What’s in a Building Report?
When you’re in the process of purchasing property, getting an independent building inspector to thoroughly examine the house is part of your due diligence as a buyer. After all, a house is one of life’s biggest investments, so getting everything checked out will not only ensure peace of mind but will also make you an informed buyer and might even afford you some savings.
As registered, trusted experts in building inspections in Wellington, the Kapiti Coast, Wairarapa, Upper Hutt and Lower Hutt, here at CheckHome we create professional pre-purchase property inspection reports, or simply building reports. These provide adequate detail on a dwelling’s overall condition.
If you’ve never seen a building report before, you may wonder, “What exactly is in a building report?” To answer that question, we’ve broken down the main elements of its contents to give you a better idea of what to expect – and what not to expect – from a general house inspection report.
Pre-purchase building inspection reports include visual inspections of the components of a building, such as the interior, exterior, outdoor, roof and site areas. General inspections of a house’s plumbing, moisture and electrical conditions are also reported. It is important to note that building inspectors do not perform intrusive or destructive inspection of any part of the building or its components to make sure no damage is done to the property and its structural integrity is retained.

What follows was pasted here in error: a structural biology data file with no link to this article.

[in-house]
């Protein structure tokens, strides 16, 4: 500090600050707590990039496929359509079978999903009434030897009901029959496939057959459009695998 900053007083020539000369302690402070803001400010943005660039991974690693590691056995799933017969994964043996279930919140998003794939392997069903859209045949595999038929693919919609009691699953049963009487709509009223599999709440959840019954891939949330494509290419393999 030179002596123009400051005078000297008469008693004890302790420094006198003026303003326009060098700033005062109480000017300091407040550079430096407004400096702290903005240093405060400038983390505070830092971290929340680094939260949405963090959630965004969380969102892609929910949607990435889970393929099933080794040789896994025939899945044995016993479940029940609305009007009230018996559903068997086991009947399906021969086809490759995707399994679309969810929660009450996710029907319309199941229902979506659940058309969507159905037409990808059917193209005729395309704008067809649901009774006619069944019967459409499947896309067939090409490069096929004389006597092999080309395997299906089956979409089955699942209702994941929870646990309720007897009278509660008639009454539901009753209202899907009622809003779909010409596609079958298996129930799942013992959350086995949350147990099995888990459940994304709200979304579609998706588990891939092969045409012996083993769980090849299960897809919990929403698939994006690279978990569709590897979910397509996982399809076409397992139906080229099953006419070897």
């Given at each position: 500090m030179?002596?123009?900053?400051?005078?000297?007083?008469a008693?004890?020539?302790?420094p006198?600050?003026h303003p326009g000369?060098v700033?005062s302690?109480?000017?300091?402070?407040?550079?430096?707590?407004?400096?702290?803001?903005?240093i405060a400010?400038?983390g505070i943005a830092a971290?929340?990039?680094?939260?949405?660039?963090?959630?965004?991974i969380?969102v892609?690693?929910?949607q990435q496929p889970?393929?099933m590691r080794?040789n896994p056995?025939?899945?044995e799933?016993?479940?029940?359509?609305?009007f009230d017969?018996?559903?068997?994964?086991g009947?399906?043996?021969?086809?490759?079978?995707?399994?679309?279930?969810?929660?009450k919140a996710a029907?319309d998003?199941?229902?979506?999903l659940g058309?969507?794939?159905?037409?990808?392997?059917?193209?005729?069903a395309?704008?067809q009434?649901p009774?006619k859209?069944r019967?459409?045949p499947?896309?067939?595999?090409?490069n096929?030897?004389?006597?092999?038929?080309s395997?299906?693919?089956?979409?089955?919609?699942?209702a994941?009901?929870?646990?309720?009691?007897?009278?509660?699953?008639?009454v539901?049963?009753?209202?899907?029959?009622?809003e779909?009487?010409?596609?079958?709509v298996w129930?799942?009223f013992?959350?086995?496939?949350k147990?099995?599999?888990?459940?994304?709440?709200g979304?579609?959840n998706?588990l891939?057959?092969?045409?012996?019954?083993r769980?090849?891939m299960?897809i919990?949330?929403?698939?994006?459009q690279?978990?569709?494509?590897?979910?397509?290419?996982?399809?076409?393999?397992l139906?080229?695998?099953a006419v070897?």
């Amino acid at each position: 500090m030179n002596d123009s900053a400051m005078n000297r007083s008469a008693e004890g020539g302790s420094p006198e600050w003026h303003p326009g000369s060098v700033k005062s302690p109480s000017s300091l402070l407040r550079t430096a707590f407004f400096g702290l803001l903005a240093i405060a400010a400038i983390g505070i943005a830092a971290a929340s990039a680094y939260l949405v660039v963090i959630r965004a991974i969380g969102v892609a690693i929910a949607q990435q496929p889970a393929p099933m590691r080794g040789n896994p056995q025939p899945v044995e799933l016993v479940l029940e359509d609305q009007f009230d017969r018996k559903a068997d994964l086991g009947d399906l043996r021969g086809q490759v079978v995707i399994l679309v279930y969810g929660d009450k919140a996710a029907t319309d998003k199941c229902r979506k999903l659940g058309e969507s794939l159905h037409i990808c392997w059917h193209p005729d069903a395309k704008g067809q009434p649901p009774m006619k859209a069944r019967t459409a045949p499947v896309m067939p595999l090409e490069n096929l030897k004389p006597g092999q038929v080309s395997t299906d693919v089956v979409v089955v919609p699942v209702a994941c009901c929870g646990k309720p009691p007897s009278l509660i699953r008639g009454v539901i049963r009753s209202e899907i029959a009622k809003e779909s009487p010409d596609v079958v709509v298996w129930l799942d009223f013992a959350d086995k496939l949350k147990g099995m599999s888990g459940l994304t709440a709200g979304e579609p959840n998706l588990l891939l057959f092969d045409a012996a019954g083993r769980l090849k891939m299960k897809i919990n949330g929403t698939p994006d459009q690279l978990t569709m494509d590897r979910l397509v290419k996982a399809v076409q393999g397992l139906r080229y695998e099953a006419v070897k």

If there are any forms of degradation or damage on the property, visible symptoms such as cracks, mould or any other damage will be photographed, and the images made easily accessible in the report. Furnishings that obscure faults or faults that are deliberately hidden cannot be reported, so ensure that there is reasonable access to possible areas of concern to facilitate a thorough check.
When faults or defects are discovered, the building inspector will make recommendations for maintenance or remedial work. This will give you a rough idea of what sort of work may need to be done to ensure everything is working as it should be. The building inspector will inform you of all defects, however minor. This means providing supplementary information and detailed explanations on the house’s condition, so you know exactly what to expect if you decide to move forward with the purchase.
Checking for water tightness is an integral part of any building report, which is why moisture tests around high-risk areas are conducted with non-invasive instruments. We check for moisture levels and take photos of the recorded numbers, whether or not any elevated readings are detected. This guarantees complete transparency between all parties.
The inspection summary recaps the entire report. This part of the building report gives potential buyers an idea of a building’s condition relative to other buildings of a similar construction and age. The building inspector will also include some vital notes for any future maintenance work, such as regular gas checks, drain checks and meth testing.
Download a sample report for a more graphic example of what a pre-purchase house inspection report looks like. This article only offers a general overview of its contents and should not be relied upon on its own. Detailed pricing and services are also available for Wellington, the Kapiti Coast and Wairarapa.